The news: The EU reached an agreement last week on the Digital Services Act (DSA), which will impose stricter rules on major tech companies such as Meta, Google, Twitter, and Amazon in the hopes of fighting illegal content and making the internet safer.
More on this: Lawmakers need to finalize details, but the DSA will be one of the first laws restricting the ability of social platforms, search engines, and online marketplaces to target certain European users with ads and to publish harmful content.
- EU member states will have a greater say in holding platforms accountable for their actions, as a result of the DSA and earlier Digital Markets Act, which addresses anticompetitive behavior.
- Major tech players like Meta and Amazon will face fines of up to 6% of global sales if they fail to comply with the DSA.
Content police: The DSA will affect content published in the EU in a number of ways:
- Platforms will be restricted from advertising to users based on personal information such as race or sexual orientation.
- Advertising to minors will be prohibited, limiting the ability to reach audiences within Generation Alpha and portions of Gen Z. Platforms such as YouTube and TikTok will be expected to publicize more palatable terms and conditions for a younger audience.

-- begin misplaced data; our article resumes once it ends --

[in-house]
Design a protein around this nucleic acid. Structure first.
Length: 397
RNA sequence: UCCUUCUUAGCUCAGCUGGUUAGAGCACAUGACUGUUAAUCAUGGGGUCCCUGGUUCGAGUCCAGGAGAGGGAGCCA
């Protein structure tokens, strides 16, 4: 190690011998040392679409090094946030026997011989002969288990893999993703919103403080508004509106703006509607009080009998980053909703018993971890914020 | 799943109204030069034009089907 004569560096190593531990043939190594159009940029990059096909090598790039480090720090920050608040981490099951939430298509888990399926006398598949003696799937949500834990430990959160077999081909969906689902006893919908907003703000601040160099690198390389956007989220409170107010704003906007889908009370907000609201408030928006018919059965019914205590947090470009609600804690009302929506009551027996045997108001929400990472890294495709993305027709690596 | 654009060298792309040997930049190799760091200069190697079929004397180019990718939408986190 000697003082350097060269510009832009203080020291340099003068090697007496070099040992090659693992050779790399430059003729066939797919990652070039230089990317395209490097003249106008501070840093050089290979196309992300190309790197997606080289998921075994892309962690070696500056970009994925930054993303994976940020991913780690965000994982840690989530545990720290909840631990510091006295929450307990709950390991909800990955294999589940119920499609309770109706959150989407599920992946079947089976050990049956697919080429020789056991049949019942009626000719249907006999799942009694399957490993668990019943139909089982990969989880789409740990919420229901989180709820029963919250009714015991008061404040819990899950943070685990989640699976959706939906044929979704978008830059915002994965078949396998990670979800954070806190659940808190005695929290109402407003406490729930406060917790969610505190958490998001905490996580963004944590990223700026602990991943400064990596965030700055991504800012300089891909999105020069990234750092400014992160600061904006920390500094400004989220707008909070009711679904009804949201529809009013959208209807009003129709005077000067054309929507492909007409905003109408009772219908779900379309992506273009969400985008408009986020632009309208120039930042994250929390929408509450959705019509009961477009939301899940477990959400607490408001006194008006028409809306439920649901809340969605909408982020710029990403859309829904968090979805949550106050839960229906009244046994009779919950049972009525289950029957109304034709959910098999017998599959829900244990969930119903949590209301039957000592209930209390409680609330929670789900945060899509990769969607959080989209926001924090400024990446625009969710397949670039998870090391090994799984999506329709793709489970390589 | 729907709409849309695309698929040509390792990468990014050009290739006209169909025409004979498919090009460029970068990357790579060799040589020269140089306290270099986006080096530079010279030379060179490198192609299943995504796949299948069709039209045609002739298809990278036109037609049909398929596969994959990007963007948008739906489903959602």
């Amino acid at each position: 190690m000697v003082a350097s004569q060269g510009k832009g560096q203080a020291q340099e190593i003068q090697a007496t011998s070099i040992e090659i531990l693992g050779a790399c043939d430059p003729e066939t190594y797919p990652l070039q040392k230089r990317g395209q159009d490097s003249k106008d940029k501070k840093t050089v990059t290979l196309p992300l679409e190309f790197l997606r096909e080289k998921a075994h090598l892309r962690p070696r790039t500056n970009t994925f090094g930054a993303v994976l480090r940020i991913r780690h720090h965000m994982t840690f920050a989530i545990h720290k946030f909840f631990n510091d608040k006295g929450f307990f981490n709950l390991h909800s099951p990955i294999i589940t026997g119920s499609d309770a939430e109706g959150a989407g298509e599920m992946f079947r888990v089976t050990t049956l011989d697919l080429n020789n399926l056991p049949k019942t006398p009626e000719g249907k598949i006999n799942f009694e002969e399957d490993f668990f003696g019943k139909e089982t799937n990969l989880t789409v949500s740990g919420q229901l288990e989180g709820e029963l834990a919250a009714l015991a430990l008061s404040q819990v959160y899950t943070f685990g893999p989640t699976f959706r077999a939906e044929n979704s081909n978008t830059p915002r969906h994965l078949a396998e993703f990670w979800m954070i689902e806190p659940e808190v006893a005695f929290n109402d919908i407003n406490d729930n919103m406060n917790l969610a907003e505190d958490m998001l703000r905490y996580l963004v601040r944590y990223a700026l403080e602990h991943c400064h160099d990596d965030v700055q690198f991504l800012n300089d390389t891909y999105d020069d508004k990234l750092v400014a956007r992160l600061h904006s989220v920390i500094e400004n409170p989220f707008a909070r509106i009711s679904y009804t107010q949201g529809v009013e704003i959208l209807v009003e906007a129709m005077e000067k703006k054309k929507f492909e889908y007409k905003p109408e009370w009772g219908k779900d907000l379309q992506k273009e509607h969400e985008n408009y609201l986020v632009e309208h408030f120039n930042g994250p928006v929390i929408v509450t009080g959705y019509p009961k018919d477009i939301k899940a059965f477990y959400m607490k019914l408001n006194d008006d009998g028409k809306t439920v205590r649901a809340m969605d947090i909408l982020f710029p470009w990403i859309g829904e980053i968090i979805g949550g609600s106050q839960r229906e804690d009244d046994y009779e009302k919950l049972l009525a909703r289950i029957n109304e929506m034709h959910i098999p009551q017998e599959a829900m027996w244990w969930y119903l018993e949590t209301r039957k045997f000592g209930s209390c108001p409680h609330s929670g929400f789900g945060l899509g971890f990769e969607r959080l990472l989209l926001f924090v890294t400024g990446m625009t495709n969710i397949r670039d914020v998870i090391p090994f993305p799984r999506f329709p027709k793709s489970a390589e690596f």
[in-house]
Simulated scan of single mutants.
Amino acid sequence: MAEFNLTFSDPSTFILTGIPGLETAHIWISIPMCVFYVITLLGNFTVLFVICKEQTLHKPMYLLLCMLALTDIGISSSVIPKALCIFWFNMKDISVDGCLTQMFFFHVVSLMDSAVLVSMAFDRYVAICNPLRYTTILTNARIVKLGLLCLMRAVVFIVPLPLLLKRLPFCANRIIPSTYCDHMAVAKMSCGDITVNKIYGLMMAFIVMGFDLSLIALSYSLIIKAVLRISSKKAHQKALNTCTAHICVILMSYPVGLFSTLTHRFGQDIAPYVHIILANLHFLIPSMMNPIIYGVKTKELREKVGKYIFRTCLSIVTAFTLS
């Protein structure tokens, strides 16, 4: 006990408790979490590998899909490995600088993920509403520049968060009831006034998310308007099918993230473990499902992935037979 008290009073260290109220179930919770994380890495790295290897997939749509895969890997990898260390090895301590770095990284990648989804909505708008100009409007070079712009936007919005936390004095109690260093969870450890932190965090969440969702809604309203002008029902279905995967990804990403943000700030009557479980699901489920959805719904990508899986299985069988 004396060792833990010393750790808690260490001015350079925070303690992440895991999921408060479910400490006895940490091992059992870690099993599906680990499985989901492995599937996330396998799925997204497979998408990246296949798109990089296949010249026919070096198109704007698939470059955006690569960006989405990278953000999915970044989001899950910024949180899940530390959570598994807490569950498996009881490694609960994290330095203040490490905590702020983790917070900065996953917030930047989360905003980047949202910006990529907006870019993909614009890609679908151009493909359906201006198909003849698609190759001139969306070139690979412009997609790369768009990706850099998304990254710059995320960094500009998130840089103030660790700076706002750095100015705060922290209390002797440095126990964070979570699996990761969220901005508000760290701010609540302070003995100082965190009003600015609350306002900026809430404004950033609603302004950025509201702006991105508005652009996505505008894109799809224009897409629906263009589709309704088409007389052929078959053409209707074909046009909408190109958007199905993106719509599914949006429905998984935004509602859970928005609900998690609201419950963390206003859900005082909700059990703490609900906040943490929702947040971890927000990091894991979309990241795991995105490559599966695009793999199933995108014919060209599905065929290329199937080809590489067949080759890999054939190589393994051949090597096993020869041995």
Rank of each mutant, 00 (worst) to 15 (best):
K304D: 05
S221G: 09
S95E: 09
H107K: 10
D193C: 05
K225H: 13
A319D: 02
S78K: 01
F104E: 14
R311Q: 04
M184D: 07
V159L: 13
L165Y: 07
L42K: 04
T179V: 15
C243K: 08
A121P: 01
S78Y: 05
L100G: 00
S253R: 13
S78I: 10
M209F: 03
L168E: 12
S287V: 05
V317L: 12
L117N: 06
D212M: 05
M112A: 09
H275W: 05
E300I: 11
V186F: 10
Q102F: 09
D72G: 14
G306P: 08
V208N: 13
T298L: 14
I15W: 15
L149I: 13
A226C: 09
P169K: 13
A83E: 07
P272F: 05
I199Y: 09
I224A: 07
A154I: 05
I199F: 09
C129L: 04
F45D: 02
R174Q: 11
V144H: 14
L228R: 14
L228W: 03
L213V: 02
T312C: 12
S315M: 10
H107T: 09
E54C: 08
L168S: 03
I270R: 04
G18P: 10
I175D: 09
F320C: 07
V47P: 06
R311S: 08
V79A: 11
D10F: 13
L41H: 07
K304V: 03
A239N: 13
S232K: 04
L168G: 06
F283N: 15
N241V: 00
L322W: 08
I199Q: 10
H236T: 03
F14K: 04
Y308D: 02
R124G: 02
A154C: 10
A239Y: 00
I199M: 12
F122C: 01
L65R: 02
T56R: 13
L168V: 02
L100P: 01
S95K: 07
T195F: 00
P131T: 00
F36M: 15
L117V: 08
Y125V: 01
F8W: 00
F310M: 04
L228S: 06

- Platforms will have to provide greater transparency warnings to the user, in addition to granting the European Commission full access to inspect algorithms.
- Major tech companies will be expected to disclose yearly reports of risks their platforms face with the publication of disinformation and inform authorities of efforts being made to crack down on illegal content.
The big takeaway: As disinformation infests social platforms, the route EU governmental authorities are taking is one of content moderation. But the Commission may face difficulties in recruiting a large enough team of legal, data, and algorithms experts to successfully take on the major tech platforms.
- If the enforcement of the DSA follows through on a large scale, then a precedent could be set for how other countries including the US can follow suit in taking on tech giants.